Service sector

Japan’s service sector activity extends decline due to COVID drag – PMI

TOKYO, April 5 (Reuters)Japan’s services-sector activity fell for a third straight month in March as the coronavirus pandemic weighed on demand, while the Russian-Ukrainian war cast doubt on the outlook.

The pace of contraction slowed from the previous month, however, signaling that domestic demand was helped by the easing of pandemic curbs in parts of the country later in the month.

The Jibun Bank Japan Services Purchasing Managers’ Index (PMI) final rose to 49.4 seasonally adjusted from the previous month’s final of 44.2. It was also better than a flash reading of 48.7 for March.

“Panel members said the lifting of quasi-state of emergency measures boosted sales,” said Usamah Bhatti, economist at S&P Global, which compiles the survey.

“Despite growing demand, confidence in the outlook for the year ahead has weakened following the resurgence of the virus in China and the outbreak of war in Ukraine. As a result, businesses reported the smallest increase in positive feeling in seven months.”

Companies in the sector saw an overall rise in input prices for the 16th consecutive month, about the same pace as the previous month, largely due to rising raw material costs, particularly for fuel and energy.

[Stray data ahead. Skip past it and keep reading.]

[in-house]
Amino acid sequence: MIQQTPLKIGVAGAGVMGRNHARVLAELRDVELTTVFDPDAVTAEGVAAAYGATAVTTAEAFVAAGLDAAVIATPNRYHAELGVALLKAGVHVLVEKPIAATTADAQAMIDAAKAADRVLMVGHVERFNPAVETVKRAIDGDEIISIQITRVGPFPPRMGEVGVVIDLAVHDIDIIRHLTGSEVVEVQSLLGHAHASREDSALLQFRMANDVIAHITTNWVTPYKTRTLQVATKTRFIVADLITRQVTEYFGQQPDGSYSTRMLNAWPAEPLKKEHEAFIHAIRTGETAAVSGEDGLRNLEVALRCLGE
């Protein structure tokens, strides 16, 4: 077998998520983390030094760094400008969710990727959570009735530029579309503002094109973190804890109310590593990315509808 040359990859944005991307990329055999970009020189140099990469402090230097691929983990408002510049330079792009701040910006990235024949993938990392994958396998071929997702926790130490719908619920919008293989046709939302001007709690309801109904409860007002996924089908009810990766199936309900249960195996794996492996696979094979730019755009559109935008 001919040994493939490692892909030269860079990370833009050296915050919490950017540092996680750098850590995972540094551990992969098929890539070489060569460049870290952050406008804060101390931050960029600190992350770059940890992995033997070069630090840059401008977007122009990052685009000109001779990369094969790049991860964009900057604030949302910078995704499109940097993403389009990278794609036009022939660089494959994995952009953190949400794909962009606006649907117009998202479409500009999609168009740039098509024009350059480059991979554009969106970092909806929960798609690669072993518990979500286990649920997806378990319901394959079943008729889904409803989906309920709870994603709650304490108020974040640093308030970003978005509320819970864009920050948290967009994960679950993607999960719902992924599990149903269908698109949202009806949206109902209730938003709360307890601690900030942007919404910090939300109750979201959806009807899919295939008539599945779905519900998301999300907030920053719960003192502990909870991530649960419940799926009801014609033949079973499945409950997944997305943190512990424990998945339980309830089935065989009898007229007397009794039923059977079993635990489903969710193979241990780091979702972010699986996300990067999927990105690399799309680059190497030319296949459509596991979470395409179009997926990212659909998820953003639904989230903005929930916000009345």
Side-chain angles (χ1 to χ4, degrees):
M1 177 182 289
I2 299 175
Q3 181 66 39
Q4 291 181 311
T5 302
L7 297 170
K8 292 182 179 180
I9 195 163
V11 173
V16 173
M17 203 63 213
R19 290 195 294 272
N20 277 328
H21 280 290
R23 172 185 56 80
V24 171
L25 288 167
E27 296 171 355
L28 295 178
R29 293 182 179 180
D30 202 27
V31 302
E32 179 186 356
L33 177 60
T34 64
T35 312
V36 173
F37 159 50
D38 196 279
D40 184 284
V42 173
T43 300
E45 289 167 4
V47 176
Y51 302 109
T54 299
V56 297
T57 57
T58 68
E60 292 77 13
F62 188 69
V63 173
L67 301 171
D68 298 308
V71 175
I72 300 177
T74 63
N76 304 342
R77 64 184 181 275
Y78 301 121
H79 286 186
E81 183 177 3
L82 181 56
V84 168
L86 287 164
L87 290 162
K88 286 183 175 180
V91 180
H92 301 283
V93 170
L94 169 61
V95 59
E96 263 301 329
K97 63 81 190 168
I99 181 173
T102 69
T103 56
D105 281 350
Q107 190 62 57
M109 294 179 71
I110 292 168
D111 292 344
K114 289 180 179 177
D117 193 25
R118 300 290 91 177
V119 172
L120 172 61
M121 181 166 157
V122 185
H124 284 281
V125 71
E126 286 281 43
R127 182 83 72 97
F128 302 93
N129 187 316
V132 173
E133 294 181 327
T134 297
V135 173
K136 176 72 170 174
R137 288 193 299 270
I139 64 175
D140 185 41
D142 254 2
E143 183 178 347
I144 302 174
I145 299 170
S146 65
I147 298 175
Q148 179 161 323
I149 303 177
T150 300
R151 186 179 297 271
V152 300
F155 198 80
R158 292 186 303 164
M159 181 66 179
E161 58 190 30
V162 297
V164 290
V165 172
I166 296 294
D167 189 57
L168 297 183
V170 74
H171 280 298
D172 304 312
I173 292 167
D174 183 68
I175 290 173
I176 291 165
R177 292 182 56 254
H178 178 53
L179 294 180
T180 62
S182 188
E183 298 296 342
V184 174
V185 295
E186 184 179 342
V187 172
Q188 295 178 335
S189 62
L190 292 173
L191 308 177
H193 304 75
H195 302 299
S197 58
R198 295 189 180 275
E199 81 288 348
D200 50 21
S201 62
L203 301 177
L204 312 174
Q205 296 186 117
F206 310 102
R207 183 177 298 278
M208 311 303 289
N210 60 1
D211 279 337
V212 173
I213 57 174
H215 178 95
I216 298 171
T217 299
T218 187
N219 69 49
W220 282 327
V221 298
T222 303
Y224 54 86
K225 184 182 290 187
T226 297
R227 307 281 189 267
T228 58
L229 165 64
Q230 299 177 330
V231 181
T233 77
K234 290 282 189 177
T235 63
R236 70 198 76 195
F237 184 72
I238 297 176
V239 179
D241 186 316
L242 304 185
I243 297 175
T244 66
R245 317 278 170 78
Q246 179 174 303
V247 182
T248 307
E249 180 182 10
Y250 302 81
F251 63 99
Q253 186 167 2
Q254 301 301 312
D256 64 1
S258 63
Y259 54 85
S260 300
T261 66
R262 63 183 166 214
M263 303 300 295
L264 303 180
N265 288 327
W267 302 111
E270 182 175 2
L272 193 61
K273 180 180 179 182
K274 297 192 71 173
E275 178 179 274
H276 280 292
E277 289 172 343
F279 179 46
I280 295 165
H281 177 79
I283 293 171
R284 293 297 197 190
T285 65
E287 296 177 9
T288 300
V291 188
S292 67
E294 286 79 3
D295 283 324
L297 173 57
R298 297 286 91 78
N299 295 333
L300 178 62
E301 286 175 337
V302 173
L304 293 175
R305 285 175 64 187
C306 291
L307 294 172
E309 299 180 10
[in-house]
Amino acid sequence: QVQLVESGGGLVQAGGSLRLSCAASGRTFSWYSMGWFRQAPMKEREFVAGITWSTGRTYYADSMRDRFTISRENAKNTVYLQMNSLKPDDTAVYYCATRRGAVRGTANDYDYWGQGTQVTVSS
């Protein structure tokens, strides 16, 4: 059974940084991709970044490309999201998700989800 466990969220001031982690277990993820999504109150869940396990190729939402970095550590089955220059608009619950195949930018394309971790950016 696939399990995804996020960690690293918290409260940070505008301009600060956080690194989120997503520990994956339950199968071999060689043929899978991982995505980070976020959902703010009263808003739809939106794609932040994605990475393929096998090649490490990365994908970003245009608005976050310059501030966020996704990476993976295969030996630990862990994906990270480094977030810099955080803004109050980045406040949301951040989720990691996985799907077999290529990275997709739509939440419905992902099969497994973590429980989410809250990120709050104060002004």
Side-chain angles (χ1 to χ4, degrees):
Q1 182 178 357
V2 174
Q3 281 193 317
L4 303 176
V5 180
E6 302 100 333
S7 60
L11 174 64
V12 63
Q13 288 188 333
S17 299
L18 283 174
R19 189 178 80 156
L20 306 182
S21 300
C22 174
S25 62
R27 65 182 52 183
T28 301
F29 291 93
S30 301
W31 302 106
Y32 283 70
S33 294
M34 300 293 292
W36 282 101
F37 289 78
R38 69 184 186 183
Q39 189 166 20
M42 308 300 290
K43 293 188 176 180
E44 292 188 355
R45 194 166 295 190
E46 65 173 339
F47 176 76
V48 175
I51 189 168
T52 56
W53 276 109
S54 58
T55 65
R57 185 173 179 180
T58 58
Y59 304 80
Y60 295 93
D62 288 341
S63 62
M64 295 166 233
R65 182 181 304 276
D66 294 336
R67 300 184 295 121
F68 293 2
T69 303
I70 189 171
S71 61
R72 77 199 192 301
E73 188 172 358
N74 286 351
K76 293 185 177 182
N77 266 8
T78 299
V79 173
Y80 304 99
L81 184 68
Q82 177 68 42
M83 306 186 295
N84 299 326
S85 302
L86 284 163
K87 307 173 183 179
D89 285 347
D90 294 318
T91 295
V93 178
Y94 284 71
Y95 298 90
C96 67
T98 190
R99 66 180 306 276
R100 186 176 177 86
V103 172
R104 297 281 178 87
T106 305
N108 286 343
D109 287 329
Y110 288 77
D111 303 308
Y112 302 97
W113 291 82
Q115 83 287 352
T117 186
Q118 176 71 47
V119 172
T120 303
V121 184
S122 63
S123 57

The composite PMI, which is calculated using both manufacturing and services, slipped back into expansion territory for the first time in three months, rising to 50.3 from 45.8 in February.

Japan’s economy is expected to return to growth this quarter after an expected contraction in the first three months of the year, according to a Reuters poll, after the recent wave of Omicron infections eased, boosting business activity. consumers.

Bhatti said that overall, Japanese private sector companies saw a sharp increase in cost pressures in March as rising downside risks clouded the economic outlook for the 12 months ahead.

“The level of optimism hit a seven-month low amid concerns about a return to restrictions if cases increase and the Russian-Ukrainian war,” he added.

(Reporting by Daniel Leussink; Editing by Sam Holmes)

((daniel.leussink@thomsonreuters.com; Twitter: @danielleussink;))

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